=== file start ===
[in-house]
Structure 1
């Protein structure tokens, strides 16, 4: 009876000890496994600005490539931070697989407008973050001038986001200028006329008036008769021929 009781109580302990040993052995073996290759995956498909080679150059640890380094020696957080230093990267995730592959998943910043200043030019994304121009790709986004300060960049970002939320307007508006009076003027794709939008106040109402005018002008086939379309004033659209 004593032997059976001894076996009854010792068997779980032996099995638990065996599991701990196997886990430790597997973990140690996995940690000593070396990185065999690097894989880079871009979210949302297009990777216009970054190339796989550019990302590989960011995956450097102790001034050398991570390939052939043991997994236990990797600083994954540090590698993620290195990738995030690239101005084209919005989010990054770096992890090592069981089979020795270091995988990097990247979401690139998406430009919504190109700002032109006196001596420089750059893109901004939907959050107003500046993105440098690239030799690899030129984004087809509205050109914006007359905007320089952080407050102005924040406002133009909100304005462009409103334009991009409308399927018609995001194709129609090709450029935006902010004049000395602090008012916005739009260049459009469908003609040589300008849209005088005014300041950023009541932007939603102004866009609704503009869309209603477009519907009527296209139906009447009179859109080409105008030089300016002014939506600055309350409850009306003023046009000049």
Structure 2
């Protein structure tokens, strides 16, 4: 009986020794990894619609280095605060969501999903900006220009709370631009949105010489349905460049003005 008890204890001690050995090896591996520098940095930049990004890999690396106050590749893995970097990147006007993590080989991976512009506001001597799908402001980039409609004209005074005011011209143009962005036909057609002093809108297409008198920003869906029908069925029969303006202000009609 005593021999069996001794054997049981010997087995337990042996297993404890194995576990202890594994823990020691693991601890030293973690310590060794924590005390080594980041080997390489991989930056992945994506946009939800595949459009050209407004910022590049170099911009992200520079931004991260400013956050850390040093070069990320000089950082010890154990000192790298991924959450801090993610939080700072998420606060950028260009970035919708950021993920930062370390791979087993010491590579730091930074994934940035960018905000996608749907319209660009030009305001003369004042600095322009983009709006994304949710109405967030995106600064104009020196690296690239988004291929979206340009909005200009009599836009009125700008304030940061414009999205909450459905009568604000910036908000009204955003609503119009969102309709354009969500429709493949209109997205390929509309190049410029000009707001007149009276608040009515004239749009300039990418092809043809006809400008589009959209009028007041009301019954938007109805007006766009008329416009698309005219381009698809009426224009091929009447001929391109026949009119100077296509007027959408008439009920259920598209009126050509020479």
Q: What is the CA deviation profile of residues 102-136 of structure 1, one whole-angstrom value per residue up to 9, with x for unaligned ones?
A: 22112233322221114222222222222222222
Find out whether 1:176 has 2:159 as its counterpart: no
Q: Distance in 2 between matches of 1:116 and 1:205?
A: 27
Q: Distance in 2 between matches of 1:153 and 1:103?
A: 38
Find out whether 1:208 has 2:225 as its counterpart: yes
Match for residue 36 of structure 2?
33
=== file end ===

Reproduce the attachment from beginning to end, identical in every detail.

[in-house]
Structure 1
């Protein structure tokens, strides 16, 4: 009876000890496994600005490539931070697989407008973050001038986001200028006329008036008769021929 009781109580302990040993052995073996290759995956498909080679150059640890380094020696957080230093990267995730592959998943910043200043030019994304121009790709986004300060960049970002939320307007508006009076003027794709939008106040109402005018002008086939379309004033659209 004593032997059976001894076996009854010792068997779980032996099995638990065996599991701990196997886990430790597997973990140690996995940690000593070396990185065999690097894989880079871009979210949302297009990777216009970054190339796989550019990302590989960011995956450097102790001034050398991570390939052939043991997994236990990797600083994954540090590698993620290195990738995030690239101005084209919005989010990054770096992890090592069981089979020795270091995988990097990247979401690139998406430009919504190109700002032109006196001596420089750059893109901004939907959050107003500046993105440098690239030799690899030129984004087809509205050109914006007359905007320089952080407050102005924040406002133009909100304005462009409103334009991009409308399927018609995001194709129609090709450029935006902010004049000395602090008012916005739009260049459009469908003609040589300008849209005088005014300041950023009541932007939603102004866009609704503009869309209603477009519907009527296209139906009447009179859109080409105008030089300016002014939506600055309350409850009306003023046009000049």
Structure 2
């Protein structure tokens, strides 16, 4: 009986020794990894619609280095605060969501999903900006220009709370631009949105010489349905460049003005 008890204890001690050995090896591996520098940095930049990004890999690396106050590749893995970097990147006007993590080989991976512009506001001597799908402001980039409609004209005074005011011209143009962005036909057609002093809108297409008198920003869906029908069925029969303006202000009609 005593021999069996001794054997049981010997087995337990042996297993404890194995576990202890594994823990020691693991601890030293973690310590060794924590005390080594980041080997390489991989930056992945994506946009939800595949459009050209407004910022590049170099911009992200520079931004991260400013956050850390040093070069990320000089950082010890154990000192790298991924959450801090993610939080700072998420606060950028260009970035919708950021993920930062370390791979087993010491590579730091930074994934940035960018905000996608749907319209660009030009305001003369004042600095322009983009709006994304949710109405967030995106600064104009020196690296690239988004291929979206340009909005200009009599836009009125700008304030940061414009999205909450459905009568604000910036908000009204955003609503119009969102309709354009969500429709493949209109997205390929509309190049410029000009707001007149009276608040009515004239749009300039990418092809043809006809400008589009959209009028007041009301019954938007109805007006766009008329416009698309005219381009698809009426224009091929009447001929391109026949009119100077296509007027959408008439009920259920598209009126050509020479």
Q: What is the CA deviation profile of residues 102-136 of structure 1, one whole-angstrom value per residue up to 9, with x for unaligned ones?
A: 22112233322221114222222222222222222
Find out whether 1:176 has 2:159 as its counterpart: no
Q: Distance in 2 between matches of 1:116 and 1:205?
A: 27
Q: Distance in 2 between matches of 1:153 and 1:103?
A: 38
Find out whether 1:208 has 2:225 as its counterpart: yes
Match for residue 36 of structure 2?
33